The pituitary gland plays a pivotal role in the endocrine system, steering fundamental processes of growth, metabolism, reproduction and coping with stress. The adult pituitary contains resident stem cells, which are highly quiescent in homeostatic conditions. However, the cells show marked signs of activation during processes of increased cell remodeling in the gland, including maturation at neonatal age, adaptation to physiological demands, regeneration upon injury and growth of local tumors. Although functions of pituitary stem cells are slowly but gradually uncovered, their regulation largely remains virgin territory. Since postnatal stem cells in general reiterate embryonic developmental pathways, attention is first being given to regulatory networks involved in pituitary embryogenesis. Here, we give an overview of the current knowledge on the NOTCH, WNT, epithelial–mesenchymal transition, SHH and Hippo pathways in the pituitary stem/progenitor cell compartment during various (activation) conditions from embryonic over neonatal to adult age. Most information comes from expression analyses of molecular components belonging to these networks, whereas functional extrapolation is still very limited. From this overview, it emerges that the ‘big five’ embryonic pathways are indeed reiterated in the stem cells of the ‘lazy’ homeostatic postnatal pituitary, further magnified en route to activation in more energetic, physiological and pathological remodeling conditions. Increasing the knowledge on the molecular players that pull the regulatory strings of the pituitary stem cells will not only provide further fundamental insight in postnatal pituitary homeostasis and activation, but also clues toward the development of regenerative ideas for improving treatment of pituitary deficiency and tumors.
Benoit Cox, Heleen Roose, Annelies Vennekens, and Hugo Vankelecom
Benoit Cox, Emma Laporte, Annelies Vennekens, Hiroto Kobayashi, Charlotte Nys, Indra Van Zundert, Hiroshi Uji-i, Alizée Vercauteren Drubbel, Benjamin Beck, Heleen Roose, Matteo Boretto, and Hugo Vankelecom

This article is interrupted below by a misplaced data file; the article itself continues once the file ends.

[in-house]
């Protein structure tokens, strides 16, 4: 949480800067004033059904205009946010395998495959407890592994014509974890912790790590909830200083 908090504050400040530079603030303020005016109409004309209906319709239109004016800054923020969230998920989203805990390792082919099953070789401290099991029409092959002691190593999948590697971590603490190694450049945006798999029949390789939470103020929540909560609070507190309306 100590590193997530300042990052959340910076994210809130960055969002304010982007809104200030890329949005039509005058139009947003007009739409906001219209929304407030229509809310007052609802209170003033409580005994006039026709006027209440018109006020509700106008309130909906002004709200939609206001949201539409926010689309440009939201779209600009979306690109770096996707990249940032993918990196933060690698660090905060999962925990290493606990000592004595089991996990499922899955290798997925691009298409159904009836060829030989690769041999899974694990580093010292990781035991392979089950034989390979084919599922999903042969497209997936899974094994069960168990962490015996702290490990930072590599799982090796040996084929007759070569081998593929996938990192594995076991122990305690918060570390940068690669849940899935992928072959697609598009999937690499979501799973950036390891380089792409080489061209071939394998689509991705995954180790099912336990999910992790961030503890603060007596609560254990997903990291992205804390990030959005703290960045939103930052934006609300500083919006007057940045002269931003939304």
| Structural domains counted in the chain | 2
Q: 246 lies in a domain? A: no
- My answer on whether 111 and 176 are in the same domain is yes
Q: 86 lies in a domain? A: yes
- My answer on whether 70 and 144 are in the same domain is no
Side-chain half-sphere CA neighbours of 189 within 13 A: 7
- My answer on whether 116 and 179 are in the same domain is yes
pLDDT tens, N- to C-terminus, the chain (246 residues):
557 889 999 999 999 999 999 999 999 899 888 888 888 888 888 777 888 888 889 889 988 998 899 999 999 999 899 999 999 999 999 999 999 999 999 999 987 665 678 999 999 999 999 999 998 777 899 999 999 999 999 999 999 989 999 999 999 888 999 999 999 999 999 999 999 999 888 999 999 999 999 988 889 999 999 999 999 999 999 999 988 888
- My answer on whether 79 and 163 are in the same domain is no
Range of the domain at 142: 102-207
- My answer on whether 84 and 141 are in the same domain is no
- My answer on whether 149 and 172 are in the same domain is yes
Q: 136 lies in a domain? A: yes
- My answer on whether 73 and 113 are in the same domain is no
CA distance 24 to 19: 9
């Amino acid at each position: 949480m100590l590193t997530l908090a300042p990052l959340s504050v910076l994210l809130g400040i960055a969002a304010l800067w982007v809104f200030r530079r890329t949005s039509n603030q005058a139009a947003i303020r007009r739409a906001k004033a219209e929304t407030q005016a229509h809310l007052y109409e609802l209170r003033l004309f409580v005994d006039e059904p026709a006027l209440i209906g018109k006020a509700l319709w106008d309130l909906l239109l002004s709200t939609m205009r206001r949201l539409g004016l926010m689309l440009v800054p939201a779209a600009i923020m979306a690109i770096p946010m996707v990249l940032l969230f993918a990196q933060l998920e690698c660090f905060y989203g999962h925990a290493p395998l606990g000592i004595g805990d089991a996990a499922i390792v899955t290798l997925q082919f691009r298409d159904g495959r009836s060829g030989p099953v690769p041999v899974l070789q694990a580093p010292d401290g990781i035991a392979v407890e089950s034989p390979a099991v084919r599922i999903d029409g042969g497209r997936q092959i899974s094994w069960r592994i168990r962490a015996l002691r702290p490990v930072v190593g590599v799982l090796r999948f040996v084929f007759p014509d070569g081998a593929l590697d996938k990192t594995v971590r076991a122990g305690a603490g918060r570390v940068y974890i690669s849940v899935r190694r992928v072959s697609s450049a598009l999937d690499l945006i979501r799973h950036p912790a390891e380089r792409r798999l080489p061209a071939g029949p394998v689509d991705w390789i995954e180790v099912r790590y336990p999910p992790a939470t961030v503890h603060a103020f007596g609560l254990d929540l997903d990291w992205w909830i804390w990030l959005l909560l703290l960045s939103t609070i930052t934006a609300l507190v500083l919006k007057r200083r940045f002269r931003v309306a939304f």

The pituitary is the master endocrine gland, harboring stem cells of which the phenotype and role remain poorly characterized. Here, we established organoids from mouse pituitary with the aim to generate a novel research model to study pituitary stem cell biology. The organoids originated from the pituitary cells expressing the stem cell marker SOX2 were long-term expandable, displayed a stemness phenotype during expansive culture and showed specific hormonal differentiation ability, although limited, after subrenal transplantation. Application of the protocol to transgenically injured pituitary harboring an activated stem cell population, resulted in more numerous organoids. Intriguingly, these organoids presented with a cystic morphology, whereas the organoids from undamaged gland were predominantly dense and appeared more limited in expandability. Transcriptomic analysis revealed distinct epithelial phenotypes and showed that cystic organoids more resembled the pituitary phenotype, at least to an immature state, and displayed in vitro differentiation, although yet moderate. Organoid characterization further exposed facets of regulatory pathways of the putative stem cells of the pituitary and advanced new injury-activated markers. Taken together, we established a novel organoid research model revealing new insights into the identity and regulation of the putative pituitary stem cells. This organoid model may eventually lead to an interesting tool to decipher pituitary stem cell biology in both healthy and diseased gland.